Which teaching qualification is right for me?

TES Institute Team

29th November 2016 at 11:45

QTS, PGCE or EYTS: which teaching qualification is right for me?

Those new to teaching will quickly realise that the education world is teeming with acronyms, from training routes to teaching methods. In this blog post, we explain three of the main teaching qualifications and how they differ from each other.

QTS- Qualified Teaching Status

Qualified Teacher Status (QTS) is a professional qualification that is awarded by the National College of Teaching and Leadership (NCTL) when a person can prove that they meet all of the Teachers’ Standards and criteria. QTS is required in England to teach in a state school that is under local authority control and in special schools. It is most commonly gained alongside or as part of a Postgraduate Certificate in Education (PGCE) qualification.

QTS is recognised in some countries outside of England and Wales, but if you are thinking of teaching abroad once qualified then it is always worth checking with the department for education of a particular country that you intend to teach in.

What are the requirements?

In order to be eligible for QTS assessment you will need to have an undergraduate degree and GCSEs of grade C or above in Maths and English (you will also need grade C in Science if you plan to teach at a Primary level). You will need to pass the Professional Skills Tests in Numeracy and Literacy as well.

How can I gain QTS?

QTS can be achieved through both school-led and university-led initial teacher training, although if you already have substantial teaching experience and feel that you meet the Teachers’ Standards you can follow the Assessment Only route to gain the qualification, which takes just 12 weeks.

PGCE- Post Graduate Certificate in Education

A PGCE is an academic qualification awarded by a Higher Education Institution and gained through a variety of teacher training routes from University-led teacher training courses and school centred routes like School Direct and SCITTs that partner with a University. A PGCE course is available at both primary and secondary levels.

All applications for PGCE programmes are handled by UCAS Teacher Training, although it is usually possible to speak directly to PGCE initial teacher training providers regarding the number of places available and the best ways to apply.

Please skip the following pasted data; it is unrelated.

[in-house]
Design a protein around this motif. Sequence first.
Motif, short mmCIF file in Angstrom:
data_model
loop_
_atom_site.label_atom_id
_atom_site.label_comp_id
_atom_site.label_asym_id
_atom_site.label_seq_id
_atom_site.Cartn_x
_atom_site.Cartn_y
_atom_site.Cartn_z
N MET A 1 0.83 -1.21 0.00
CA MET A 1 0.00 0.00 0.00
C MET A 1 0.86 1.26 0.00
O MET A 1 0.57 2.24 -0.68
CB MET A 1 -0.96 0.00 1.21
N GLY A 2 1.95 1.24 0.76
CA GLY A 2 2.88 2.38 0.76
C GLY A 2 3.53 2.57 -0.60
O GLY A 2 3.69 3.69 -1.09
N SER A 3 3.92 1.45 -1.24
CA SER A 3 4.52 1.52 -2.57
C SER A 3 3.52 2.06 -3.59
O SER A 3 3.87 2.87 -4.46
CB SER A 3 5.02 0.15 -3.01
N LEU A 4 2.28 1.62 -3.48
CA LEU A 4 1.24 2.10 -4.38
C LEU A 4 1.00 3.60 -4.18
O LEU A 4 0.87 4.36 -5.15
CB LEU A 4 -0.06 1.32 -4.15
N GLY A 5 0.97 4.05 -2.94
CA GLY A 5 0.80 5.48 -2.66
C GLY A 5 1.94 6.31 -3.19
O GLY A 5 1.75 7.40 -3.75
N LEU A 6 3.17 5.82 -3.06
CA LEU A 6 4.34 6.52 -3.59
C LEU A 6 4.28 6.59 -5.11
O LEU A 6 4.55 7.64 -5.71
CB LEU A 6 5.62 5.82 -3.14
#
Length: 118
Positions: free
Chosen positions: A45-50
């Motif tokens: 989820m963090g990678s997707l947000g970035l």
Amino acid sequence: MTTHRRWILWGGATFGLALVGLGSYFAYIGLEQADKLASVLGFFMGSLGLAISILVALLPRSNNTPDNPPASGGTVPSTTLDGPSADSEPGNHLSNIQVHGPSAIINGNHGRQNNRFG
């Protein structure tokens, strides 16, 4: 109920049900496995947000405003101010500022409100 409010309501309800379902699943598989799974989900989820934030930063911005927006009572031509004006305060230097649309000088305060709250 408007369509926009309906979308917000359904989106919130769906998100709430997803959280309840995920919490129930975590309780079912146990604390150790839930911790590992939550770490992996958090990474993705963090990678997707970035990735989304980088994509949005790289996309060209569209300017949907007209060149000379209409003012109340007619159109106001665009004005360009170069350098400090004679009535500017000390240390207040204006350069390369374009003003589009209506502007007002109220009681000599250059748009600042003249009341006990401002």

What are the requirements?

There are specific entry requirements for gaining a PGCE that will vary between institutions. Some will require a subject specific degree, whilst other teaching course providers will allow non-specific degrees, particularly for shortage subjects if you complete a Subject Knowledge Enhancement course.

How do I get a PGCE and who recognises it?

If the teacher training route that you apply for offers a PGCE you will need to undertake a number of additional assignments during your teacher training. A PGCE is usually recognised abroad as a teacher training qualification, however as with QTS, if you intend to teach in a different country, it is always worth checking what qualifications they would accept.

EYTS- Early Years Teaching Status

Early Years Teaching Status (EYTS) was introduced in 2013 as a pathway to becoming a teacher of children from birth to age five, replacing Early Years Professional Status (EYPS).

What are the requirements?

Early years teachers have to meet the same entry requirements and pass the same professional skills tests as trainee primary school teachers, however the early years qualification does not incorporate Qualified Teacher Status (QTS). As most primary PGCE or QTS routes generally cover ages three and upwards, EYTS is particularly useful for teachers who want to focus on children in the early stages of their lives.

How do I get EYTS?

There are various EYTS training courses available depending on your circumstances. You can gain your qualification through a School Direct route, as part of an undergraduate degree or as an Assessment Only route for those who already meet the Early Years standards.

Which teacher training route is right for me?

This handy guide of routes into teaching can help you decide between a university-led or school-led route into teaching. Read these scenarios to help you decide your route to becoming a teacher.